Revaluing Charm School

In the Career Advice section of the June, 1999 Fortune Magazine, I was reminded of my introduction to work as a coach. The article focused on the kind of executive or management coaching and training sometimes referred to facetiously as “Charm School.”

The name “Charm School” is derived from the fact that this particular form of training tends to focus on image. Recipients of this schooling are often perceived to have a need to address the personal elements of expression that add up to a powerful first impression, or the visible form of leadership demonstrated by poise and charisma. (The very word “poise” is packed with derogatory associations evoking the comic superficiality of beauty pageants.) These beleaguered folk may be unaware that they’re being groomed for a promotion, or refined to retain their present position.

My background as an east-coast university trained actor positioned me as a natural for delivering effective “Charm School” coaching. After all, a guy who grew up in farmland Pennsylvania was rife with learning opportunities when it came to demonstrating refined presence. You can’t very effectively do Shakespeare with a hick-twang- Philly accent (very challenging combination) stooped shoulders, and a shit-kicker lope.

(a farm-boy with rhythm? – only in Footloose)

So, I suffered many painful hours of movement classes and speech classes, tripping over my feet or my tongue.

Finally after four full years of what I sometimes felt was torture, I discovered I had gained valuable flexibility and learned a myriad of techniques to center myself, generate energy, and stretch to impactful levels of expression. I was even given a scholarship as an assistant speech teacher my final year. That was when I discovered I also loved teaching and coaching.

Later as I worked in business to augment my acting career, I was able to tap my personal learning experiences to help associates be more influential and dynamic communicators. Eventually I used the same internalized processes to be an effective director, behind camera for a television magazine show.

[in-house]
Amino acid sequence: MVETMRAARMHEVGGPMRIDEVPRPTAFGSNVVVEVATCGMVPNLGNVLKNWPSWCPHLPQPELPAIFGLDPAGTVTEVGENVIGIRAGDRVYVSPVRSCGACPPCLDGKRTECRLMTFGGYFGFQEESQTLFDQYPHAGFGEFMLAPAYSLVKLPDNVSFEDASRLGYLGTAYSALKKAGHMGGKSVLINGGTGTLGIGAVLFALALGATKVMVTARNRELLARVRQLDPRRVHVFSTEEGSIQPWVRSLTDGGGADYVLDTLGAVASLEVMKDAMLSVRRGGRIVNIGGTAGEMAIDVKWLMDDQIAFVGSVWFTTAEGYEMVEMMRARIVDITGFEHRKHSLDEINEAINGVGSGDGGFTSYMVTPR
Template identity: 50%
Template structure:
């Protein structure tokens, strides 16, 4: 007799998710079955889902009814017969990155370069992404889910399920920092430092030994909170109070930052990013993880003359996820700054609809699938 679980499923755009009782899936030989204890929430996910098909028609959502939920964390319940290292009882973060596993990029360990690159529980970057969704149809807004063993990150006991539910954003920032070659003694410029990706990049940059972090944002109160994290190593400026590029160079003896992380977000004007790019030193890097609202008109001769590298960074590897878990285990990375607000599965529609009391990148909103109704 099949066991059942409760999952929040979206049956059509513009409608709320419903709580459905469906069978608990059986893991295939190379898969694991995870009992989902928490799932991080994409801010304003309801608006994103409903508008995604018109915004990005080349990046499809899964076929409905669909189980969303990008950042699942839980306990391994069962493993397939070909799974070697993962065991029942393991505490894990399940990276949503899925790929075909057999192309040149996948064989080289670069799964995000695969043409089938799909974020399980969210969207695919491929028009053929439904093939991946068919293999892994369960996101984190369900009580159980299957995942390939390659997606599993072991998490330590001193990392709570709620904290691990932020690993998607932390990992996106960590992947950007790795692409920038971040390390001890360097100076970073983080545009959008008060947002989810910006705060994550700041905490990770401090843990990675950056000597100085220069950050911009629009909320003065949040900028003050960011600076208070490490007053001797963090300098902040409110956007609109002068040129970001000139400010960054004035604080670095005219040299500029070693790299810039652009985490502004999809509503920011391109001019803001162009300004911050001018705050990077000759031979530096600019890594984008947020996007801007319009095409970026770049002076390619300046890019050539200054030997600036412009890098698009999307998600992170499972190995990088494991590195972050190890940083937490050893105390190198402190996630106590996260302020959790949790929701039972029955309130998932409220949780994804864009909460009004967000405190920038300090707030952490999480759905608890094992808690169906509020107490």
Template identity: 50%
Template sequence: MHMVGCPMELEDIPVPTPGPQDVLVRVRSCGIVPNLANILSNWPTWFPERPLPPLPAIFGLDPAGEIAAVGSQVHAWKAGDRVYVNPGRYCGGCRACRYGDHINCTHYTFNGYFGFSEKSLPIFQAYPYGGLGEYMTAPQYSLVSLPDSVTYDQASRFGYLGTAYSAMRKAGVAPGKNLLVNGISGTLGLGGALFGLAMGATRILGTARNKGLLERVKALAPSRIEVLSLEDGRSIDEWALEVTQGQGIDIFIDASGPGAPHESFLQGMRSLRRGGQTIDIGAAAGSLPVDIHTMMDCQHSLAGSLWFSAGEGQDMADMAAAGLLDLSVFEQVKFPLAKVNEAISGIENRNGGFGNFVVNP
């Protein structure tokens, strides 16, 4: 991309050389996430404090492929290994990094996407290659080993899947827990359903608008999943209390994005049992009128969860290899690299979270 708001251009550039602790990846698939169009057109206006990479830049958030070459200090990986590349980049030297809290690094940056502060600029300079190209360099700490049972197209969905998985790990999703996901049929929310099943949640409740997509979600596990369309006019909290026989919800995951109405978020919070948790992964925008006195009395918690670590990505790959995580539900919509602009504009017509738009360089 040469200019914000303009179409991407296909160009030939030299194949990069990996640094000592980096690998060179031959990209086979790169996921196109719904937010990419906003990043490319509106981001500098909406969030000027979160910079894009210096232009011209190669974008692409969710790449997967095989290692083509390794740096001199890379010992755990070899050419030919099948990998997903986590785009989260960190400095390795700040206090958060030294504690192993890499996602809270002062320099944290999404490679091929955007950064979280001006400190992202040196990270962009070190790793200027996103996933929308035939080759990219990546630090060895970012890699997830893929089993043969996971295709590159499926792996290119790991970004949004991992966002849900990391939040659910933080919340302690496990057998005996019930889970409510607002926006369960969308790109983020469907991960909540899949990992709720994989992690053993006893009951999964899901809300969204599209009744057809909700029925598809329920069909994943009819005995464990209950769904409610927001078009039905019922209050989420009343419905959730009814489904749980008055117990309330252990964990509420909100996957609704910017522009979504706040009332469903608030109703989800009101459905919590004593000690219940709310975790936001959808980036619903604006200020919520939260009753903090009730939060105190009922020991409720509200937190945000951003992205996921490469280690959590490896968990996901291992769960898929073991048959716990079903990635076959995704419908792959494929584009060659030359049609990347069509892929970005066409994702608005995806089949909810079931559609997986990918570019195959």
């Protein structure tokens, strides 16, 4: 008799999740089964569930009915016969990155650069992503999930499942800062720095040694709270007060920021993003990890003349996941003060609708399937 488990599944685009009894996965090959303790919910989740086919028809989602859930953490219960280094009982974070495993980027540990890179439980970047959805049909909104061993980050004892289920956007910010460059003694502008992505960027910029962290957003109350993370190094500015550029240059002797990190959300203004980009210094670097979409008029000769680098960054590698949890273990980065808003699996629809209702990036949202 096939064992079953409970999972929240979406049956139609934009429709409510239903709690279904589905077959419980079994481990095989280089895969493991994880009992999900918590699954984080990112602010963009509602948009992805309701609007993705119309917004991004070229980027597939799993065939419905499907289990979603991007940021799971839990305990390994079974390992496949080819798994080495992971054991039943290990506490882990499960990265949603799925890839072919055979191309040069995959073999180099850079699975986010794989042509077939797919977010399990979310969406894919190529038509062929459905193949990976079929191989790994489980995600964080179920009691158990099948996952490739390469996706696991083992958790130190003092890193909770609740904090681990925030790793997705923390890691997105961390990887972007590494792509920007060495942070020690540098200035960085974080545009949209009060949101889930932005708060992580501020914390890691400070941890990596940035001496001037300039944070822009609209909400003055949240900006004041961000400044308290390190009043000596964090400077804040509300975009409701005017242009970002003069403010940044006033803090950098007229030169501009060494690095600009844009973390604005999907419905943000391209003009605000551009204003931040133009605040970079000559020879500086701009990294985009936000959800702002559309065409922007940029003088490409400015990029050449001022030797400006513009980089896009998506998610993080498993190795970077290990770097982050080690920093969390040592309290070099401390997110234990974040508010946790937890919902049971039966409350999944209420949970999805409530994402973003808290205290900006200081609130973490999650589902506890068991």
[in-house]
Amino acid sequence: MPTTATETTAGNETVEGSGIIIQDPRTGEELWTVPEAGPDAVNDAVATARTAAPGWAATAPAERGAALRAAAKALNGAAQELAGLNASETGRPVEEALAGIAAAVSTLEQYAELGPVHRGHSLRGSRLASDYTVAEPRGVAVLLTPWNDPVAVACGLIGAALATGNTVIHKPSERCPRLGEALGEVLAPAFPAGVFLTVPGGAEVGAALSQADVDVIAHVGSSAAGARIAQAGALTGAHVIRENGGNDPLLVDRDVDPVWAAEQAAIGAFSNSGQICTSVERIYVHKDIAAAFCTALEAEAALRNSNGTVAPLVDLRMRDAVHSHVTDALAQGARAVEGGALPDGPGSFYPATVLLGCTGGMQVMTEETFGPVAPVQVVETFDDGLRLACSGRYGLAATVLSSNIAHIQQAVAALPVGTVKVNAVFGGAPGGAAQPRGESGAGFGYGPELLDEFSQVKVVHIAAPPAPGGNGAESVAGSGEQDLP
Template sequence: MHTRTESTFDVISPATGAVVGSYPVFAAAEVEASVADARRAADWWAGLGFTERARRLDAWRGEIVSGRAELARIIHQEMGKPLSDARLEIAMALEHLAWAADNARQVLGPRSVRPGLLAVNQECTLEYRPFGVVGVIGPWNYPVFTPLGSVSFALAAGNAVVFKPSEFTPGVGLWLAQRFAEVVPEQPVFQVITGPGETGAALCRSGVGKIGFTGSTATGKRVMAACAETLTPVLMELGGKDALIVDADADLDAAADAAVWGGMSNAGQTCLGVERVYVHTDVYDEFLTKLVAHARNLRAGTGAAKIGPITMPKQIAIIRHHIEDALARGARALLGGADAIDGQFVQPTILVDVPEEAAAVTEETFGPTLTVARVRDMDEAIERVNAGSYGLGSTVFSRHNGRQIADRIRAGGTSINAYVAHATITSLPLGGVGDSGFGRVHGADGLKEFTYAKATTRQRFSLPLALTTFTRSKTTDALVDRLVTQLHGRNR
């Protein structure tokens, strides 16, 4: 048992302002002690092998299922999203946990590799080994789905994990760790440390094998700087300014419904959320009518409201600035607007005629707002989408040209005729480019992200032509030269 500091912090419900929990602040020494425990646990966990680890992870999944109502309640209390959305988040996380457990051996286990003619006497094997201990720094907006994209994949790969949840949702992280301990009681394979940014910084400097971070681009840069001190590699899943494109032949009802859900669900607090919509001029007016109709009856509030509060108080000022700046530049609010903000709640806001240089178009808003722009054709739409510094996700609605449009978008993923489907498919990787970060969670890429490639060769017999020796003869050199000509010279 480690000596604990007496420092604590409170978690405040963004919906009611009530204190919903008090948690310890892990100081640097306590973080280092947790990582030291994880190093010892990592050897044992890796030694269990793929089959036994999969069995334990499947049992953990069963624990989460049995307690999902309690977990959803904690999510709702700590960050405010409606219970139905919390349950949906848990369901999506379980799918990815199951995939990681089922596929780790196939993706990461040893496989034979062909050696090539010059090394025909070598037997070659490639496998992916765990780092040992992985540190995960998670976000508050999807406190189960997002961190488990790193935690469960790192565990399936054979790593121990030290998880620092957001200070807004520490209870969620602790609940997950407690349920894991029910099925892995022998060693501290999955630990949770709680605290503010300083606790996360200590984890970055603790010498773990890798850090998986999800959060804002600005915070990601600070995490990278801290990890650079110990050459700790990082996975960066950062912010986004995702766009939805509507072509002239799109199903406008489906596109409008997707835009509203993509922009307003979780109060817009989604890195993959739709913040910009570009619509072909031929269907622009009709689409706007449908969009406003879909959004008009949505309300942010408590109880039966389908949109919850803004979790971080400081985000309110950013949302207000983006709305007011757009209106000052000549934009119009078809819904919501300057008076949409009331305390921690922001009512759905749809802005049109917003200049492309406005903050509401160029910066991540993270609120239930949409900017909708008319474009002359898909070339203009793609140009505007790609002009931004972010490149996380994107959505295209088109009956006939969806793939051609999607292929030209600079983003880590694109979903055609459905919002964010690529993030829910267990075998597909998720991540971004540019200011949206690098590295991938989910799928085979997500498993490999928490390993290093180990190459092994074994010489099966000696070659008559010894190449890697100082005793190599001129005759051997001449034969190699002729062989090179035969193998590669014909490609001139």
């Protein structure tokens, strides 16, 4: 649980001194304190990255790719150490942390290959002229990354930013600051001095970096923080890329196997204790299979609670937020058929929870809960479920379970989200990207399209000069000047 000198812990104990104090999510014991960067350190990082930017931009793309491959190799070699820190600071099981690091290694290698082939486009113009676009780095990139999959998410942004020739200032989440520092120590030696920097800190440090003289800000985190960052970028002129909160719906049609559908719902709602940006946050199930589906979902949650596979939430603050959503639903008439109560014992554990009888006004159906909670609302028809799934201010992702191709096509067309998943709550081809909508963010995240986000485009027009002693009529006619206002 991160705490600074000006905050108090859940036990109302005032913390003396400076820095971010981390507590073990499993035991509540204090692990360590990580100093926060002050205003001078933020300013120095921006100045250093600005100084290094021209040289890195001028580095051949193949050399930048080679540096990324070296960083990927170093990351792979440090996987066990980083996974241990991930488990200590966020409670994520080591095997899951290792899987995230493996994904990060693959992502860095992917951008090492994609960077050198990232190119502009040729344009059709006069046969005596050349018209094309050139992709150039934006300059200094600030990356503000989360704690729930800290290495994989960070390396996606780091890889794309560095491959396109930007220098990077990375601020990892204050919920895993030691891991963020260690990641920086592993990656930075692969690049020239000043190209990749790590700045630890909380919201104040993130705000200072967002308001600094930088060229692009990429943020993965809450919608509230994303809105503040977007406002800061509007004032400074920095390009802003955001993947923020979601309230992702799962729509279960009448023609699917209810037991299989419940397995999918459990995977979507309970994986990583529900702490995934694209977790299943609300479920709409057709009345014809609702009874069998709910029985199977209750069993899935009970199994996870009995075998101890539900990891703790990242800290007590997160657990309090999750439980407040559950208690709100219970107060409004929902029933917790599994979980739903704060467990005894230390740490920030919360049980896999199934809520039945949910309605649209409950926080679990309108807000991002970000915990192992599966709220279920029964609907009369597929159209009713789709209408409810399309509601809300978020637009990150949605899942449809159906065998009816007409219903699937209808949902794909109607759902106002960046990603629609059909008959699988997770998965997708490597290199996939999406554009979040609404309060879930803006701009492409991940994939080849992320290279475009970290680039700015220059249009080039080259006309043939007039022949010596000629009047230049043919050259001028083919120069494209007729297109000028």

When I finally noticed I had a true passion for coaching and training, I entered the business-training world full-time. Although I sometimes had to deflect comments about my “Charm School” work, I soon discovered that a much deeper result occurred from working with clients, image-down. Our psychological foundations of intention and communication are wired into our physical expression. When you change a physical habit there is a circuit tripping effect of released tension that can strike very deep.

It is extremely rewarding to witness almost immediate results. An accountant stands up straight, speaks louder, moves with assurance and is soon perceived to be leadership material. A manufacturing manager changes his demeanor and tone, discovers how to authentically shift to a motivating congeniality and production improves. (He also gets to keep his job.)

When clients learn that simple changes can produce dramatic effects, the path opens for deeper work. Actors learn the power of physical changes when portraying characters. Charm School coaching can lead to work that affects clients on the level of character, values and intentions, going far beyond physical work and image. Coaching works best when using: psychological surveys, associate feedback, management techniques, skills for effective verbal communication – influence and conflict management, and too, an exploration of principle and spiritual alignment. These combined support lasting and personally profitable change.

The cost of the coaching sited in the Fortune article ($7500 per day) shows how much organizations can value the results of personal coaching. Fortunately, many very effective coaches charge a bit less and the profitability of the investment soars.

What price do you place on productivity and the nearly priceless gem of individual growth?

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